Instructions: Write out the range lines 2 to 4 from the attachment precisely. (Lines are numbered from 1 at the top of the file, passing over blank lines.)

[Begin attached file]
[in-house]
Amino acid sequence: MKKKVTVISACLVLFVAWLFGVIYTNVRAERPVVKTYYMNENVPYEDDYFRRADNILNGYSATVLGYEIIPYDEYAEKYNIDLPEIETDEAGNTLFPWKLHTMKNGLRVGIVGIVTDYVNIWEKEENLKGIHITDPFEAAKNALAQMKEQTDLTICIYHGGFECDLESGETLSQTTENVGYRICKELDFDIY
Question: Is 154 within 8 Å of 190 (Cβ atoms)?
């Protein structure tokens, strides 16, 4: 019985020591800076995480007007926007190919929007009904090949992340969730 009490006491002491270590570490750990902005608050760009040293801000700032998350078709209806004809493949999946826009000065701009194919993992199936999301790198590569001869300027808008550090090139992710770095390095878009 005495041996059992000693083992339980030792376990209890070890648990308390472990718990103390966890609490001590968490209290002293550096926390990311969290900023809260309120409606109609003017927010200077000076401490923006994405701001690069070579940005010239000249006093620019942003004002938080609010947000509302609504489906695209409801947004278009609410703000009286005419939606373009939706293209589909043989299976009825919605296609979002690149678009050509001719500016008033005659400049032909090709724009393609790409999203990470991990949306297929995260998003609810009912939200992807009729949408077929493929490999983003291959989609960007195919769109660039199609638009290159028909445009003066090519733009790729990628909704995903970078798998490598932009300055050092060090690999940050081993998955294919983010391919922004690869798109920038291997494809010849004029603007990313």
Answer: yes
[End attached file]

Amino acid sequence: MKKKVTVISACLVLFVAWLFGVIYTNVRAERPVVKTYYMNENVPYEDDYFRRADNILNGYSATVLGYEIIPYDEYAEKYNIDLPEIETDEAGNTLFPWKLHTMKNGLRVGIVGIVTDYVNIWEKEENLKGIHITDPFEAAKNALAQMKEQTDLTICIYHGGFECDLESGETLSQTTENVGYRICKELDFDIY
Question: Is 154 within 8 Å of 190 (Cβ atoms)?
């Protein structure tokens, strides 16, 4: 019985020591800076995480007007926007190919929007009904090949992340969730 009490006491002491270590570490750990902005608050760009040293801000700032998350078709209806004809493949999946826009000065701009194919993992199936999301790198590569001869300027808008550090090139992710770095390095878009 005495041996059992000693083992339980030792376990209890070890648990308390472990718990103390966890609490001590968490209290002293550096926390990311969290900023809260309120409606109609003017927010200077000076401490923006994405701001690069070579940005010239000249006093620019942003004002938080609010947000509302609504489906695209409801947004278009609410703000009286005419939606373009939706293209589909043989299976009825919605296609979002690149678009050509001719500016008033005659400049032909090709724009393609790409999203990470991990949306297929995260998003609810009912939200992807009729949408077929493929490999983003291959989609960007195919769109660039199609638009290159028909445009003066090519733009790729990628909704995903970078798998490598932009300055050092060090690999940050081993998955294919983010391919922004690869798109920038291997494809010849004029603007990313």